Posted April 27, 2005 by publisher in Cuba Politics.
TODAY is your chance to participate in Cuba Action Day. Today IS Cuba Action day. Make your calls today. Get your friends, family, colleagues, and students to make calls. Pass the cell phones around the room. Flood the capitol switchboard with calls.
Here’s the number: Capitol Switchboard: 202-224-3121. Ask to be connected to your member of Congress. OR look up your senators’ or representative’s number at http://www.senate.gov or http://www.house.gov and call them directly. Especially today, calls are better than emails.
Here’s how to do it: Ask to speak with the foreign policy aide. Speak slowly. Start by giving your name and saying you are a constituent. Leave a message if you don’t get them directly.
Here’s the message: End the travel ban to Cuba NOW. Co-sponsor and actively support the newly introduced “end the travel ban” bills: Senate, S 894 (Enzi bill); House HR 1814 (Flake bill). Complete talking points are below.
“Join the Majority, Change the Policy!”
Thanks, and we’ll send you a report on how Cuba Action Day went. Please make those calls.
The Cuba Central Team
Cuba Call-in Day: Talking Points
Senators Enzi (R-WY) and Baucus (D-MT) and Representatives Flake (R-AZ) and Delahunt (D-MA) are gathering co-sponsors for bills they will soon introduce to end the Cuba travel ban. The Export Freedom to Cuba Act has already won bipartisan support and previously earned passage in the House and Senate for these core reasons:
Ending the travel ban is about freedom. America’s cherished belief in personal freedom should lead us to limit freedom of travel only when travel could somehow damage national security interests. That is not the case with Cuba today. Instead of using our greatest asset, the American people, to speak directly to Cubans about our values and ideas, the United States operates a heavy-handed licensing process that restricts travel, cash assistance to families, and even humanitarian donations. Americans are routinely fined by the Treasury Department for “unlicensed travel,” and some Cuban Americans are barred permanently from visiting the island.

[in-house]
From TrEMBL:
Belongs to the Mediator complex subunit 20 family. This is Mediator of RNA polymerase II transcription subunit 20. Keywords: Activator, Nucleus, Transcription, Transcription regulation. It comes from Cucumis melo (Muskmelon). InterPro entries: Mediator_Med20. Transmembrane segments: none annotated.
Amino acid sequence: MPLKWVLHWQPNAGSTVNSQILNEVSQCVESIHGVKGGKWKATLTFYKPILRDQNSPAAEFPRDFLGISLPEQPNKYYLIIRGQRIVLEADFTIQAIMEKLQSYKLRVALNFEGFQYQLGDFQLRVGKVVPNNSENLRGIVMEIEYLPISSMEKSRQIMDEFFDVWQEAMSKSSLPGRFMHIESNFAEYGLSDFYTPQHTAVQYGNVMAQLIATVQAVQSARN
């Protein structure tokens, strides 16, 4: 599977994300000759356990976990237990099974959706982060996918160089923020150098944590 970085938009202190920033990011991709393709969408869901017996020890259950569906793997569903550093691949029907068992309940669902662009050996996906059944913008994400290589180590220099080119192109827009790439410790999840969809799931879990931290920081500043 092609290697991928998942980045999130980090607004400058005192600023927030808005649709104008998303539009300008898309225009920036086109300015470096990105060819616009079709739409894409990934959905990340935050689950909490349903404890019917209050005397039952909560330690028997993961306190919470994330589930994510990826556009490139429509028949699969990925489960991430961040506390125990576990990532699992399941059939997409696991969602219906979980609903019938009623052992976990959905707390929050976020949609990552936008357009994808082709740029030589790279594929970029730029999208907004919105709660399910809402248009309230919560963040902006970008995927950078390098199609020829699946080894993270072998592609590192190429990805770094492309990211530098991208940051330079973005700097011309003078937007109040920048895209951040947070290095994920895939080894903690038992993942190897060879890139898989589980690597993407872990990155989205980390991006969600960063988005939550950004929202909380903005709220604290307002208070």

The travel ban offends family values. The Administration tightened travel restrictions last year to limit family visits by Cuban Americans to once every three years. This rule allows no exceptions for humanitarian emergencies. The definition of “family” was narrowed so that Cuban Americans can no longer visit, wire money, or send packages to aunts, uncles, cousins, nieces, or nephews. The travel ban is now an assault against the Cuban-American family and their kin on the island.
Lifting the travel ban would help average Cubans. Families would benefit. Employees in the travel and tourist sector would benefit. Even Cuba’s small entrepeneurs-especially private restauranteurs, taxi drivers, artisans, families that rent rooms in their homes-would benefit from American travelers using their services. Greater travel by Americans will expand their numbers dramatically, they will gain independence, and their families will have better livelihoods.
Lifting the travel ban will increase demand for U.S. products in Cuba. Current agricultural sales to Cuba, which in 2004 alone totaled nearly $400 million, would increase substantially, benefiting American farmers, exporters and shippers.
The current restrictions on academic travel to Cuba inhibit learning and cross-cultural exchange. Because of the rules implemented in 2004, over 90 percent of academic exchange programs to Cuba were cancelled. In the Free Trade in Ideas Act of 2004, Congress asserted that the President should NOT prohibit or otherwise restrict foreign travel undertaken for educational purposes.
Focus on terrorism, not policing travel to Cuba. The Treasury Department office that governs Cuba travel, the Office of Foreign Assests Control (OFAC), is also a key part of Treasury’s effort to break al Qaeda’s global money network. Its resources should be dedicated fully to anti-terrorism, not to duties such as licensing, investigating, and fining travelers to Cuba or seizing rum and cigars.
Cubans, even Cuba’s political dissidents, support ending the travel ban. The Cuban Catholic church opposes the embargo, as do Cuba’s mainline Protestant Churches. Even leaders among Cuba’s political dissidents support lifting the travel ban. “Just as we insist on the right of Cubans to travel, to leave and return to our country freely, a right now denied us, so too do we support the right of Americans to travel freely, including travel to Cuba.”—Human rights activists Elizardo Sanchez and Vladimiro Roca in a statement to the Center for International Policy, May 14, 2003
April 27th is Cuba Action Day. Participants from across the country, representing business, agriculture, Cuban Americans, academics, the religious community, and ordinary Americans who want to travel to Cuba, all have an interest in promoting contacts with Cubans. They will be visiting their representatives in Congress to discuss these issues and the legislation to end the ban on travel.
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